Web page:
Federer since Murray did it a
Novak Djokovic towers above even
Andy Murray and Roger Federer as Wim-
bledon begins but the man chasing a
fifth successive grand slam title insists
his best days could be still to come.
The world number one won a stag-
gering 11 titles last year and already has
six in 2016, including the Australian Open
and a first French Open which sealed a
sweep of the four majors he began by tri-
umphing at Wimbledon 12 months ago.
His capture of the Coupe des Mous-
quetaires at Roland Garros positions
Djokovic as emphatically the dominant
player on the planet, streets ahead in the
world rankings, and means he is a red-
hot favourite heading into the fortnight
"I can certainly say that I ve been work-
ing hard to get that consistency for myself
throughout the years on the tour, on all
different kinds of surfaces, trying to better
my game as my career went on," he said
at Wimbledon yesterday.
"Obviously I m at the peak of my career
at the moment. It hopefully can still keep
"I see still lots of room for improvement,
things that I can work on. That s some-
thing that encourages me. That s some-
thing that keeps me grounded in a way,
gives me more reason to practise."
He describes his Paris triumph three
weeks ago as "one of the most memorable
and beautiful moments of my career"
the Djokovic memory bank has room for
more major success.
Britain s James Ward, also 29, presents
Djokovic with his first-round Wimbledon
test, when the pair open up play on Cen-
tre Court at 1pm today.
World number 177 Ward will know the
size of the task: while Ward s career earn-
ings have just crept past the million-
dollar mark, Djokovic has recently gone
beyond 100 million US dollars.
And Djokovic is determined to impose
himself against the home player from the
"Every time you face an opponent for
the first time, it s always important to
start off well and not allow your opponent
to take his chances and opportunities,"
"It s going to be the first match on the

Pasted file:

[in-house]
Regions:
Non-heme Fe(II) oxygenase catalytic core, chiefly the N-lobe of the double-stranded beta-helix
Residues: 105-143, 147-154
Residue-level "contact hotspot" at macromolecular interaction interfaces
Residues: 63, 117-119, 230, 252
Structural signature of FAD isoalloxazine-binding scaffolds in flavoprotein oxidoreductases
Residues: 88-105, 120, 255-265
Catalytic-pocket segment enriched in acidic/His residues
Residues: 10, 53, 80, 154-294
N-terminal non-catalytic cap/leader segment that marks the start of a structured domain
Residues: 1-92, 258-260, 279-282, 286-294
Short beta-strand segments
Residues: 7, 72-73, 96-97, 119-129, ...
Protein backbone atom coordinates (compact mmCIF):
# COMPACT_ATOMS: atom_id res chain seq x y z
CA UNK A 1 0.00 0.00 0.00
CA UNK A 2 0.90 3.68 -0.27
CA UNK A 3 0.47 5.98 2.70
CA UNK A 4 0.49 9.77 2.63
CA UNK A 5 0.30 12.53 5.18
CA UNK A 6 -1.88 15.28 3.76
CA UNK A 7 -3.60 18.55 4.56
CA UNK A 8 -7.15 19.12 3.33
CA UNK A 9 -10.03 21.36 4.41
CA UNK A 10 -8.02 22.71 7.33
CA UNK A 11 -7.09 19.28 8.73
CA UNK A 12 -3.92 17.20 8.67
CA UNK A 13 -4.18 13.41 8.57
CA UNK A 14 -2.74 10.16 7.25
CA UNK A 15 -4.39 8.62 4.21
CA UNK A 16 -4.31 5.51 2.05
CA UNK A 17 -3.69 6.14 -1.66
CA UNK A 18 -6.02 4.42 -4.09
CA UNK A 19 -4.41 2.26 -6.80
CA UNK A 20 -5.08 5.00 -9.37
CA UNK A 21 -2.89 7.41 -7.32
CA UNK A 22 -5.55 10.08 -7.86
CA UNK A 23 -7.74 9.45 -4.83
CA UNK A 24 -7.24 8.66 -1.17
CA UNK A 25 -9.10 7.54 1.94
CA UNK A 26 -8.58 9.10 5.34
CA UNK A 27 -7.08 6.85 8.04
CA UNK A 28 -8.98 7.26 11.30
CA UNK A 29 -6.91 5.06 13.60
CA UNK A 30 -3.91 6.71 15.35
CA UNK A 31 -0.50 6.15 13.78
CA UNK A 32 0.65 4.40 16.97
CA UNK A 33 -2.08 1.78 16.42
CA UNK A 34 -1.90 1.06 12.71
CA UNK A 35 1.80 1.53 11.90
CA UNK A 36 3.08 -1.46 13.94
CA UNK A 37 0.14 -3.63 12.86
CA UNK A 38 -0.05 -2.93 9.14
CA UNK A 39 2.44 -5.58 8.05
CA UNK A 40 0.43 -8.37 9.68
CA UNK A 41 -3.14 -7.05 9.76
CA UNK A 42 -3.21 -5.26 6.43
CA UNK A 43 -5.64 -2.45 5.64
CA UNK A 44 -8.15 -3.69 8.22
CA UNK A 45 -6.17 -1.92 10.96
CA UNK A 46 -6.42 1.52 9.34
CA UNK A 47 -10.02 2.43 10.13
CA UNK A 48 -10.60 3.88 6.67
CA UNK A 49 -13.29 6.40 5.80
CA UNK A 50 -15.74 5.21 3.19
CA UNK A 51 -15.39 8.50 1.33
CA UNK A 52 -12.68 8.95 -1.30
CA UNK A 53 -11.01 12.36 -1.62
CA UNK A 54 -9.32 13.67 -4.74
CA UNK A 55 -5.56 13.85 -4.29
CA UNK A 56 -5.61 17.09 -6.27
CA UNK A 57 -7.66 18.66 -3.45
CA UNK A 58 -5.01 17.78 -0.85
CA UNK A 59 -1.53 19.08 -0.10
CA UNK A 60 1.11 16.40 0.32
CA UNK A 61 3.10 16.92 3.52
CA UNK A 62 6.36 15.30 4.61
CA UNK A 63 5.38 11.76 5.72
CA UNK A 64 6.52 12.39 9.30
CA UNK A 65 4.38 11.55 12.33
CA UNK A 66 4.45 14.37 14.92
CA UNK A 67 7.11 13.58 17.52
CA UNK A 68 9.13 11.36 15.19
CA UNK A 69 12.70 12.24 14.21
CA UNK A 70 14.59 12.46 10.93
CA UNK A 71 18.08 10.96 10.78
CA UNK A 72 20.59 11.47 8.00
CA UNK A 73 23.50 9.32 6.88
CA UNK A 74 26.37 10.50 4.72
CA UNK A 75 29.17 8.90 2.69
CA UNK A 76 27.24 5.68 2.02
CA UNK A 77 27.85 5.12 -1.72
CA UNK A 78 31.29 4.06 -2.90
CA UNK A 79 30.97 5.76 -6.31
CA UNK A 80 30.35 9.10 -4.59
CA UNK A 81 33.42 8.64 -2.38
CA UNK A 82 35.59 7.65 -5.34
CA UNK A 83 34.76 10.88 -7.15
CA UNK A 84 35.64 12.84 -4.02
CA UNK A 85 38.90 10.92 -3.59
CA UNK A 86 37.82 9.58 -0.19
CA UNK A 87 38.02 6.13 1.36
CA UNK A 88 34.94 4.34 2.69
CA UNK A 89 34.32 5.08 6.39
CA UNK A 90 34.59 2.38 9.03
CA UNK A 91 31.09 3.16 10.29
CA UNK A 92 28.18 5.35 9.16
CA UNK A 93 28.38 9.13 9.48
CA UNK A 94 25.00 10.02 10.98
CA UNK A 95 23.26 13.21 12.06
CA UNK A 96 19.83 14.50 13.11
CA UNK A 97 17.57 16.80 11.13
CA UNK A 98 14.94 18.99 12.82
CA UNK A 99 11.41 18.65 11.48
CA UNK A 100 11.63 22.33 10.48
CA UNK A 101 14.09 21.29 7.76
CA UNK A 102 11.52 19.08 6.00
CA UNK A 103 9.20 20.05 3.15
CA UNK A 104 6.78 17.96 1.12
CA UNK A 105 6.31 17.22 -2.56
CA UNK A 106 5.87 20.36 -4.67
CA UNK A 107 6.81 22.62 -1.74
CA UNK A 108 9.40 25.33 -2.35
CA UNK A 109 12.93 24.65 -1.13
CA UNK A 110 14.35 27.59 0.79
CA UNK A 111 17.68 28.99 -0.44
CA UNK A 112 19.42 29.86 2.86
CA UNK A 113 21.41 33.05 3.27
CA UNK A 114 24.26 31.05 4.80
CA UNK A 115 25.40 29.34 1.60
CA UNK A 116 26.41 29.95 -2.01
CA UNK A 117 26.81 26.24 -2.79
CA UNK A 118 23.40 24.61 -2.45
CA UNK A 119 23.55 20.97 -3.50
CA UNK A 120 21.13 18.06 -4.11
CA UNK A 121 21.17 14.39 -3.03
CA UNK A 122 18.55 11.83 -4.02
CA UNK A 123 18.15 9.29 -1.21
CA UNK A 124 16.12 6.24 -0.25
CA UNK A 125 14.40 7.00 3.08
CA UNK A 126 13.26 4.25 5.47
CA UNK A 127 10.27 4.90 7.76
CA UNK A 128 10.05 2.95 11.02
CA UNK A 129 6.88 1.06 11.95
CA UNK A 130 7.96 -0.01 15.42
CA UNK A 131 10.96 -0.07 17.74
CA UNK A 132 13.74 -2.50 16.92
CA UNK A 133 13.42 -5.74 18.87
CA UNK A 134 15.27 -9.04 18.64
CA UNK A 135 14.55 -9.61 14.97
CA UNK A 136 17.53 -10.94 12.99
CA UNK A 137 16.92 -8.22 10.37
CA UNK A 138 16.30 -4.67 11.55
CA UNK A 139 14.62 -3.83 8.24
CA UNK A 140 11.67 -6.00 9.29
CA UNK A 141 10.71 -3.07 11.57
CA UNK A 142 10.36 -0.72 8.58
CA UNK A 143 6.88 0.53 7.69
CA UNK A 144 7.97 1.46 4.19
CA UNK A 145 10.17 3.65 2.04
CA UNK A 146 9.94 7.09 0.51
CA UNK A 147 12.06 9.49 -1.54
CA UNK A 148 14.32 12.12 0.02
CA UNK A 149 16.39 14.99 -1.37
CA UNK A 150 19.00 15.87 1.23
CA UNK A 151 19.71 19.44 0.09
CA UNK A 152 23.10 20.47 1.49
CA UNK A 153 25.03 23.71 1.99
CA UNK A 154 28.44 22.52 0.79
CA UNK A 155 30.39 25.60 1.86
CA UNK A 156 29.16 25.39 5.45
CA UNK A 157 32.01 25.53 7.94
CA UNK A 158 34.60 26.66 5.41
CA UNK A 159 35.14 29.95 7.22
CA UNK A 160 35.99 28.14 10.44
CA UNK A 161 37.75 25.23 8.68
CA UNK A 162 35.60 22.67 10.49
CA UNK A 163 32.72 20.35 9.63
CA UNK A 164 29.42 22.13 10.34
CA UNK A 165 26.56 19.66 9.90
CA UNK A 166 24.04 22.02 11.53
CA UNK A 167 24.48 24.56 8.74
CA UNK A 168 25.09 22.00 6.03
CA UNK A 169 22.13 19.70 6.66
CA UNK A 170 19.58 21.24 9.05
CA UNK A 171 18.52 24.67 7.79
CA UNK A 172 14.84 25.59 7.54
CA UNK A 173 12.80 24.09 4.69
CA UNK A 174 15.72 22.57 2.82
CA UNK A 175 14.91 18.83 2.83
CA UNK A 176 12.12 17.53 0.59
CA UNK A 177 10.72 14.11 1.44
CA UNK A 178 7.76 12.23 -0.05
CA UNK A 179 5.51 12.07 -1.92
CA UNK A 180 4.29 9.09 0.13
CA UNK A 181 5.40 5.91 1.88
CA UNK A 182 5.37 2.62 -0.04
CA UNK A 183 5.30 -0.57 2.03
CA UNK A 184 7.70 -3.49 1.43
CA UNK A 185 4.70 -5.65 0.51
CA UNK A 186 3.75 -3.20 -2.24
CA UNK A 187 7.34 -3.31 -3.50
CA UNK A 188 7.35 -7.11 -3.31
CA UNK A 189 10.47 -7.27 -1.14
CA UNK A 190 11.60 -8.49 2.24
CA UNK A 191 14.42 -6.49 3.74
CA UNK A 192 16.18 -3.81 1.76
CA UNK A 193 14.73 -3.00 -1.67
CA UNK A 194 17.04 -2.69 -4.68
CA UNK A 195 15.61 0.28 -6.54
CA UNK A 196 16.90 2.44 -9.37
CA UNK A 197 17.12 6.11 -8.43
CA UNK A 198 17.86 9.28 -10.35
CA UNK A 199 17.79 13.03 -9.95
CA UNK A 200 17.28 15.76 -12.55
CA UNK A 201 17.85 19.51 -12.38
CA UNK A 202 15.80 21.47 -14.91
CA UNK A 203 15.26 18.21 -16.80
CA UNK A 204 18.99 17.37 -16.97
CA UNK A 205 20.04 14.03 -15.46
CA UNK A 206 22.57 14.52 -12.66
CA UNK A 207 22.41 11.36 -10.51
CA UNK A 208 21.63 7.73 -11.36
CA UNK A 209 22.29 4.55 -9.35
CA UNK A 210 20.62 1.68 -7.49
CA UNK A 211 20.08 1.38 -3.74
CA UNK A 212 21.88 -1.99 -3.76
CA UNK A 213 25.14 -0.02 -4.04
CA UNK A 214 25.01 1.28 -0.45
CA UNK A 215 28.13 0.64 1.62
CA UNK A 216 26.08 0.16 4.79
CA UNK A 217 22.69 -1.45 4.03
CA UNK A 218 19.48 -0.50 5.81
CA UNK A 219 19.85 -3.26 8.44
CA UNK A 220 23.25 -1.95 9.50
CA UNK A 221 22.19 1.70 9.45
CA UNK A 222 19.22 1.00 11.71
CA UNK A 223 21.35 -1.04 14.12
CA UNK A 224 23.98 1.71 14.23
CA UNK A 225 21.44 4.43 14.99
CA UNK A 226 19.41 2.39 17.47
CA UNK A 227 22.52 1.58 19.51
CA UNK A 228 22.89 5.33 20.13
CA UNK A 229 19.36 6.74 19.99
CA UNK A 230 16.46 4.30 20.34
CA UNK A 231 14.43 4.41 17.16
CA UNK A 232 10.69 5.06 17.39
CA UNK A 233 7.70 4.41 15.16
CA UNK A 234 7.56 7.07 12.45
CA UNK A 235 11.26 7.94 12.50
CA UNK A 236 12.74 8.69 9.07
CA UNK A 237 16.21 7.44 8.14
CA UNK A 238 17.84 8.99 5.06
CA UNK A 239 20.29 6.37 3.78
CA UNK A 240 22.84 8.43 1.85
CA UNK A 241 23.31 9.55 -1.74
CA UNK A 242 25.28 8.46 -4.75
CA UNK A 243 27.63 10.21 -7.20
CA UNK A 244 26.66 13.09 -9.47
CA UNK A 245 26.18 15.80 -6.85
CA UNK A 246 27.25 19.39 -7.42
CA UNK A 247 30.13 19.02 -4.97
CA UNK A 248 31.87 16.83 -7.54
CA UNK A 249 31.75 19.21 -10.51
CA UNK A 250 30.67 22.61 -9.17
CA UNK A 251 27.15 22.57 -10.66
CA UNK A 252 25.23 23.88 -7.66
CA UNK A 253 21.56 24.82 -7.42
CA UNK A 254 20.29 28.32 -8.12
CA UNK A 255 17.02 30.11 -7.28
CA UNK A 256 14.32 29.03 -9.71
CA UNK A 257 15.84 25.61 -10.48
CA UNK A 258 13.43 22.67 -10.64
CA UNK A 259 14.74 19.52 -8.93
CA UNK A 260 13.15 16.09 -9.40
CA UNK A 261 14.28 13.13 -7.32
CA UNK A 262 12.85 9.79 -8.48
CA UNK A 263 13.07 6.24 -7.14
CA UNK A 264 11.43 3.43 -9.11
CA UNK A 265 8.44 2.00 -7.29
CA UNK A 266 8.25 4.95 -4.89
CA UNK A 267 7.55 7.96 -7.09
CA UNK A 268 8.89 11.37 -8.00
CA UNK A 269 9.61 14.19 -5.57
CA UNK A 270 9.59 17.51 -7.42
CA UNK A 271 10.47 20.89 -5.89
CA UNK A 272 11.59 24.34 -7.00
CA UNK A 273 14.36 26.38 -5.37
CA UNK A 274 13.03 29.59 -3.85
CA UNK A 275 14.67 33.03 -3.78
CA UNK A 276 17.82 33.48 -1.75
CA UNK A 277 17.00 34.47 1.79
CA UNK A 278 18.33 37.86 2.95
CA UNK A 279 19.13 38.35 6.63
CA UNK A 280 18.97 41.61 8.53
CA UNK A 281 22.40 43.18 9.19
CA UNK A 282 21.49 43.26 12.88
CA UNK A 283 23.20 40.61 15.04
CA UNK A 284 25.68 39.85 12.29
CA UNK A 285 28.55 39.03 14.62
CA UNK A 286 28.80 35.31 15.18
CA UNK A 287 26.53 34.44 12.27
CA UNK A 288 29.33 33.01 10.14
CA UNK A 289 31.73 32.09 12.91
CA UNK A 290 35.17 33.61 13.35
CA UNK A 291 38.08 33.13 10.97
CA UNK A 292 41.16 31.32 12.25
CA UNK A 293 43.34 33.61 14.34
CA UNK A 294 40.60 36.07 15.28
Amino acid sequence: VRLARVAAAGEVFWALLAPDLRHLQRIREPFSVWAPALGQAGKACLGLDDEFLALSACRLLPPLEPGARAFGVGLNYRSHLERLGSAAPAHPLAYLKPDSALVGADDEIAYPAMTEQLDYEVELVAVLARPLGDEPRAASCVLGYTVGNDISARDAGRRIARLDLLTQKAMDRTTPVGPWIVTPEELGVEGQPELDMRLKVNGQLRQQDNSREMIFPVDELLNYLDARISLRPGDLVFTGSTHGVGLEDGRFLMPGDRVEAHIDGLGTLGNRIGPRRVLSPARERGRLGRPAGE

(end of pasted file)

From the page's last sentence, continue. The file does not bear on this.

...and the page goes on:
untouched grass. That s probably one of
the most special tennis matches that you
get to experience as a professional tennis
"I m looking forward to that. Obviously
I know that he doesn t have much to
lose. The Centre Court is one of the cra-
dles of our sport, will be hopefully packed,
and we can enjoy a great match."
Despite his sustained success, and his
dozen grand slam titles, Djokovic is no
stranger to pre-match nerves.
He spoke of the walk from the men s
locker room to Centre Court, along a
long corridor, serving as a reminder of
"that sense of belonging to history, some-
thing that is much larger than yourself"
But like Federer before him, like Murray,
like the greats of the game, Djokovic
thrives on the sense of occasion.
"Pressure is part of what we do," said
Djokovic. "It s inevitable to face this kind
of sensation as a top player, being expect-
four at least in the tournament, or the
"But the more you get to face this kind
of pressures and emotions, the more you
get used to them. The better you are in
coping with it and handling it.
"I ll try to use the experience that I ve
had in the previous years, previous tour-
naments, to get myself in a positive state
of mind, and to have a positive approach
to this tournament."
Andy Murray of Britain speaks with coach Ivan Lendl ahead of the
Wimbledon Tennis Championships in London, yesterday. AP PHOTO
Djokovic confident of better still
Novak Djokovic is bidding for a fifth
straight Grand Slam